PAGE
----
If ever there was a timely novel, it is Nancy Allen's “Grace.”
If ever there was a timely novel, considering the resignation of New York Governor Andrew Cuomo and the career-wrecking scandals of so many other prominent men in recent years, including movie mogul Harvey Weinstein and “America's Dad,” Bill Cosby, it is “Grace,” the recently published (June) novel by Nancy Allen, Wyndmoor resident for the last 24 years and former college teacher, consultant and administrator.
Allen's novel about a college sex scandal, among other provocative issues, “explores the deceptions — of others and of the self — that haunt so many human relationships,” according to Joyce Hinnefeld, author of several well-reviewed novels. “Both Catherine, the novels central character, and her aging father, Douglas, are in painful retreat from past loves and past mistakes. Even Catherine’s immersion in her career as an academic dean at fictional Franklin College, an institution wracked by its own secrets and scandals, offers no escape.” (The eponymous character of Grace was a pioneer in the Civil Rights Movement who had a romance with Douglas many years ago. There are lots of revealing flashbacks of Catherine as a child and painful passages about her alcoholic, icy mother and comforting father still dreaming of the evanescent Grace.)
A dean at the college where Catherine works named Neil is sleazy and repellent, as is the culture of the school where a sexual predator is protected and victims are shamed, and the college's female president is no help. One can only hope that in the year 2021, troglodytes like this are a relic of the past at institutions of higher learning and all other institutions, although this one doubts it.
Allen, who grew up in Ocean City, NJ, is a 1980 alumna of Bucknell University who went on to earn an M.A. in English from Duquesne University and a Ph.D. in English from New York University, after which she taught at Villanova University, Immaculata University, Arcadia University and Rider University, among others. She also held administrative positions at all of the above schools as well as at the University of Pittsburgh, Cabrini College, Moravian College and West Chester University. So Allen is well versed in the politics of higher education.
Since the novel's protagonist, Catherine Finley, is a college dean, a position Allen held herself at several schools, an obvious question for the author is whether Catherine is merely a thinly disguised version of Allen and her own college experiences with teaching and administrative intrigue.
“This is a fair question,” replied Allen. “Catherine may resemble a 40-year-old version of me: I have been a dean in a small college outside of Philadelphia; have a Ph. D. in literature and am an expert on autobiography, but the novel is not autobiographical.”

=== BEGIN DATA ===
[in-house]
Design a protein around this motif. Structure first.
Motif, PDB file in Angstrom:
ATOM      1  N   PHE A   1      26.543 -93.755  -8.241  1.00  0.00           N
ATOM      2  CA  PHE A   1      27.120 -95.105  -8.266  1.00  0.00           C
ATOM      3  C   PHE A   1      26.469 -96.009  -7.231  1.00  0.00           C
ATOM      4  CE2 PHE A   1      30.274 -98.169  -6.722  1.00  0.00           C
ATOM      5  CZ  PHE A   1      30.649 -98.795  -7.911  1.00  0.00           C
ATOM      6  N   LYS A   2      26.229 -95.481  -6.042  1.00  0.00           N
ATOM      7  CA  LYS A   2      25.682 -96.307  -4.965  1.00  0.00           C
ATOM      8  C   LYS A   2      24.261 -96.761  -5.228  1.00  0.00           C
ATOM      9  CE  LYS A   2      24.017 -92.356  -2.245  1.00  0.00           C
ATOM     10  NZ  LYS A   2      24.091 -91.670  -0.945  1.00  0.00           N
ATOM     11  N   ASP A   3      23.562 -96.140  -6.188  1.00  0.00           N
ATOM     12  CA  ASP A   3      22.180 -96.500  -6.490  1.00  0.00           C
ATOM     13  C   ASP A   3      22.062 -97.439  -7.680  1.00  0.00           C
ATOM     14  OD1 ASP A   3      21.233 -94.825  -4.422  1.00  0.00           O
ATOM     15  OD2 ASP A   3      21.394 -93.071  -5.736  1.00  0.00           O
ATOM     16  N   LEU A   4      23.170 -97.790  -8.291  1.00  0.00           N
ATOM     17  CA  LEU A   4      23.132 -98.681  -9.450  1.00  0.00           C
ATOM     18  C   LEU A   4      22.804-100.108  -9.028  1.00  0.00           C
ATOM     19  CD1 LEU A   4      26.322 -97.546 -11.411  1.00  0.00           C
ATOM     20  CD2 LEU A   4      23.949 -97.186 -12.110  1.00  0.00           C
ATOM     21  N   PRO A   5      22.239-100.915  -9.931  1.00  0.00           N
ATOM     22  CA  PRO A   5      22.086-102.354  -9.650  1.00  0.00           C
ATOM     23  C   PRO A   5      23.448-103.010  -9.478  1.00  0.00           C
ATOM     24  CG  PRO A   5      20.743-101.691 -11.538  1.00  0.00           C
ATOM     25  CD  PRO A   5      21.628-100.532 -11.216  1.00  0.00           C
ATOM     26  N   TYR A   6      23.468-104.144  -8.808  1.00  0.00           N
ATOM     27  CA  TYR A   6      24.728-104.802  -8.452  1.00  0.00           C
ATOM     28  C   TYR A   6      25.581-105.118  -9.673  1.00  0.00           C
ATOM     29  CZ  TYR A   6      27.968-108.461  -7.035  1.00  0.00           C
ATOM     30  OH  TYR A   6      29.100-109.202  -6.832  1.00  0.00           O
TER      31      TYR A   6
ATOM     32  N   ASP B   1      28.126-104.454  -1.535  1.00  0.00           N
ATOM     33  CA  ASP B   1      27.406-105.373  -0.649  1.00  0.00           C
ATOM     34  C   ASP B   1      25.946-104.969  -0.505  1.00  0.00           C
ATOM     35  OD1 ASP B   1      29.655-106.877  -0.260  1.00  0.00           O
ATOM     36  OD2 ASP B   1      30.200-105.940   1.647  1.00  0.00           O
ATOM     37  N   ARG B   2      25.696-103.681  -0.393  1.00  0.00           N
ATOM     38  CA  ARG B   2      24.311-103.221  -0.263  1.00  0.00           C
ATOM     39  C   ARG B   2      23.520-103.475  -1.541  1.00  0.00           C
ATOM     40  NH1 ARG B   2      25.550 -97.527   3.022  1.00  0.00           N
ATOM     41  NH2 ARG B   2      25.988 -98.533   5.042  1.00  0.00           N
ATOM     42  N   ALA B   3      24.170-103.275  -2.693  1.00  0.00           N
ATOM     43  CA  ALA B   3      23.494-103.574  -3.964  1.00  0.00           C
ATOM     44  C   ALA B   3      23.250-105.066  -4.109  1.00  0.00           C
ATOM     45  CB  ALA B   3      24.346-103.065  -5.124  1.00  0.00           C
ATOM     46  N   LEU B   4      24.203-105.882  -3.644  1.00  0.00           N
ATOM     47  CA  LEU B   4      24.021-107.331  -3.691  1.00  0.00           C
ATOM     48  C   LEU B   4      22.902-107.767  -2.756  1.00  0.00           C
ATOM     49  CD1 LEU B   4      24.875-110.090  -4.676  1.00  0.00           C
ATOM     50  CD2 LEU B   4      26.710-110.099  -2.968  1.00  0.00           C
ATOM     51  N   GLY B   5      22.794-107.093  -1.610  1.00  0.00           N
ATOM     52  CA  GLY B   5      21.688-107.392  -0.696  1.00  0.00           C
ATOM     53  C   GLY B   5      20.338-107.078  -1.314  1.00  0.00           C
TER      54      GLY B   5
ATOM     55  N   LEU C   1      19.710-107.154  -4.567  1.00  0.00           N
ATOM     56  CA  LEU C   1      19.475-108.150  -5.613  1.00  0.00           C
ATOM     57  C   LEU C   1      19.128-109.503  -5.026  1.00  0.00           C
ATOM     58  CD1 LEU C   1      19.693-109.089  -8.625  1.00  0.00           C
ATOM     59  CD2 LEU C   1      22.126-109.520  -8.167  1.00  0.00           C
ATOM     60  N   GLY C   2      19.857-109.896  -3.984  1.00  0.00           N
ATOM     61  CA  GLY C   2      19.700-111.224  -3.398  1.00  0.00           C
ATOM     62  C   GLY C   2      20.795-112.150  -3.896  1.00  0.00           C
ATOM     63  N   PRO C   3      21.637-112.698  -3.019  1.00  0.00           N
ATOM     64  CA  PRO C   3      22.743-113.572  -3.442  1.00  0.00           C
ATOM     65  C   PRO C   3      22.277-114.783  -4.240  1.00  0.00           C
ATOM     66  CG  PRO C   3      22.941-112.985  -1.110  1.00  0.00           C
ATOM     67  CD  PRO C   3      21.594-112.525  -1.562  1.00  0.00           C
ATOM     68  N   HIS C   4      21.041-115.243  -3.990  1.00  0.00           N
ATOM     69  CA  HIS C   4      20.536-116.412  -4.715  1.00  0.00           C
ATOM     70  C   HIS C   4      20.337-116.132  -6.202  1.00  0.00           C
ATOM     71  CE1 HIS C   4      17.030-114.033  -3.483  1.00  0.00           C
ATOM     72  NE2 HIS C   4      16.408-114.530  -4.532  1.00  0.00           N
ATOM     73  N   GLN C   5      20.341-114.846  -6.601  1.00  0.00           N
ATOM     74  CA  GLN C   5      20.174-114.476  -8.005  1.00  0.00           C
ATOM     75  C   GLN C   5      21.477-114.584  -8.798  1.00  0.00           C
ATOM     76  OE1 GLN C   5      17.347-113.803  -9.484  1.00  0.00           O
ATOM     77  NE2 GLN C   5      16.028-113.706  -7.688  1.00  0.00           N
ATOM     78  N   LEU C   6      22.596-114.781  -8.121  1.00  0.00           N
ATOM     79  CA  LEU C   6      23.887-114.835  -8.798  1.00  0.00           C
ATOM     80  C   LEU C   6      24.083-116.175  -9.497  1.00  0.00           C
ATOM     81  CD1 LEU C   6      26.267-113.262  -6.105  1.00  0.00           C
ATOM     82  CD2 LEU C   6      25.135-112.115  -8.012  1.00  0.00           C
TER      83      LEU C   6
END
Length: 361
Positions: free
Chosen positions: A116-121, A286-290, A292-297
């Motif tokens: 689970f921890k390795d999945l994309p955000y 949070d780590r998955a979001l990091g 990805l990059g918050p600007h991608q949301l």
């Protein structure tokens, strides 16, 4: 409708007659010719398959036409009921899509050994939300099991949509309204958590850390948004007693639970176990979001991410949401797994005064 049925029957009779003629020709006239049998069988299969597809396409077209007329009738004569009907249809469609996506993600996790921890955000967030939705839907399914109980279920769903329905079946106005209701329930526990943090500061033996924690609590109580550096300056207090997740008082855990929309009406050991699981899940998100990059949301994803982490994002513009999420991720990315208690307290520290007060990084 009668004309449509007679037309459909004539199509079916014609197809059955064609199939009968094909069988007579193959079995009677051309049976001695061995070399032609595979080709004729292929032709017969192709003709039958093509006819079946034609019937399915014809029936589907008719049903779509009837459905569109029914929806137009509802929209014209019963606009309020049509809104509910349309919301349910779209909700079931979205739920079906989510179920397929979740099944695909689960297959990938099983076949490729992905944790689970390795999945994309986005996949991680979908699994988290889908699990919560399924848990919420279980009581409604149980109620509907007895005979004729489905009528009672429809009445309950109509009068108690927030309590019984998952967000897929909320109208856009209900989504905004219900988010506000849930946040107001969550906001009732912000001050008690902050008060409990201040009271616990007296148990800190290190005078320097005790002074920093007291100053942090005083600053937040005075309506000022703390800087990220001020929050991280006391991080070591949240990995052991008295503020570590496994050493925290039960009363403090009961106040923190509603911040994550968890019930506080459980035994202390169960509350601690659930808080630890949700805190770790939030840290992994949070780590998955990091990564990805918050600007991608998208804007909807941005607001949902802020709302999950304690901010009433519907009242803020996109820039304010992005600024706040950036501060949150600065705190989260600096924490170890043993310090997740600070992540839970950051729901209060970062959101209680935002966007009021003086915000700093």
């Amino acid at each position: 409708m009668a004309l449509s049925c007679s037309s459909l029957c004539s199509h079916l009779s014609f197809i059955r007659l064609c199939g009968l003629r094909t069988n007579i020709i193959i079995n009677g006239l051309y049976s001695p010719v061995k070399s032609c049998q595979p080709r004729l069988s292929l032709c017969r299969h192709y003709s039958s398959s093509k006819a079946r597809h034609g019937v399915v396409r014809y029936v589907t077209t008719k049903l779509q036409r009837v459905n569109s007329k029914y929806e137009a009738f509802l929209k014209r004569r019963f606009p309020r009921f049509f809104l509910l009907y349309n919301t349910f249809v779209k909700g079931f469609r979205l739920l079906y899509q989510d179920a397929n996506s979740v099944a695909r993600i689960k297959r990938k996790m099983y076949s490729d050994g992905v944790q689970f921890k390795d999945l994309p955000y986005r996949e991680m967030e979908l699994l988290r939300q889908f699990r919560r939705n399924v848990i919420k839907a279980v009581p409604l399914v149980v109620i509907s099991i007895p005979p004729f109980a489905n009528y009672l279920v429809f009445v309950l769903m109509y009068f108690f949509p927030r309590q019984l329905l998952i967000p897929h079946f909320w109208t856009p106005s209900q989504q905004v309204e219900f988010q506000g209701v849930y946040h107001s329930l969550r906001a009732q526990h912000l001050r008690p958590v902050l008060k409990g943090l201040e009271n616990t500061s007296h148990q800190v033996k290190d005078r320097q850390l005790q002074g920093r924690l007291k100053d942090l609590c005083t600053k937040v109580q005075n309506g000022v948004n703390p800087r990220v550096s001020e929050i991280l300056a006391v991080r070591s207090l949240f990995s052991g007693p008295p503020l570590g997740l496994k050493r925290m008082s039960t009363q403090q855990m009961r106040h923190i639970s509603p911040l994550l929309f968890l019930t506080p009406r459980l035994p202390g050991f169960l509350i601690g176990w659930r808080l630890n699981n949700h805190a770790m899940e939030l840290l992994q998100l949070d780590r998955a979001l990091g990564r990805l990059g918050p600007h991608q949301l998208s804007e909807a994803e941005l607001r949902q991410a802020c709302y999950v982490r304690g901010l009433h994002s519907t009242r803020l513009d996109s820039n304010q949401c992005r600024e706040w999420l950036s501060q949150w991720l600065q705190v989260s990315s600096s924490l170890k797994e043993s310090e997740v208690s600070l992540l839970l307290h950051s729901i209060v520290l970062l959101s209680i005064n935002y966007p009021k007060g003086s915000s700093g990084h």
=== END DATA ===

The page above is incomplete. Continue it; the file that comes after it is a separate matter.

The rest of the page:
When asked if Catherine's father, Douglas, was modeled after her own father, Allen replied, “Douglas is modeled after priests, rabbis and ministers who were deeply involved in the Civil Rights Movement in the 1960s. From their parish posts, they often saw the poverty in America, both black and white, and the inequities in voting rights and employment.”
Allen's own Wyndmoor home bears a resemblance to that of Virginia Woolf in her “Room of One's Own,” which was a shed in the garden of her Sussex home, with “typewritten manuscripts with numerous revisions covering the floor around the tiny table where she writes on her typewriter". My dining room table looks like this. The difference? I still write longhand with pencils on yellow legal pads before I type a piece, the first part of the revision process. For years, I maintained folders with those handwritten first drafts in case there was a sentence or phrase that I might need to find as the novel came together.”
Allen started work on “Grace” way back in 2009 and “finished” it in 2015. She put it aside for four years and did substantial revisions during the late spring and early summer of 2020. She also began writing a second novel, a prequel to “Grace,” in 2019, after leaving her last college position.
What is the best advice Allen ever received? “'No matter what you do for a living, never stop pursuing the things you love.' This advice may have given me the courage to leave meaningful work to write. (Okay. It was only for a year. No one told me a pandemic was on the horizon.)”
What is the hardest thing Allen ever had to do? “Fall in love.”
What person has had the greatest impact on Allen's life? “Al Labriola, my thesis director at Duquesne, and Denis Donoghue, my dissertation director at NYU. They helped shape a young woman who already loved literature and helped me see that a text is a living thing, always changing in the imagination of the reader. Their patience and kindness toward me made me a better, more thoughtful teacher. I think both would be proud that I had the courage to write a novel.”
“Grace” is published by Atmosphere Press, a hybrid publisher (containing elements of a vanity press and elements of a traditional publisher). For more information, visit nancyjallenauthor.com. Len Lear can be reached at firstname.lastname@example.org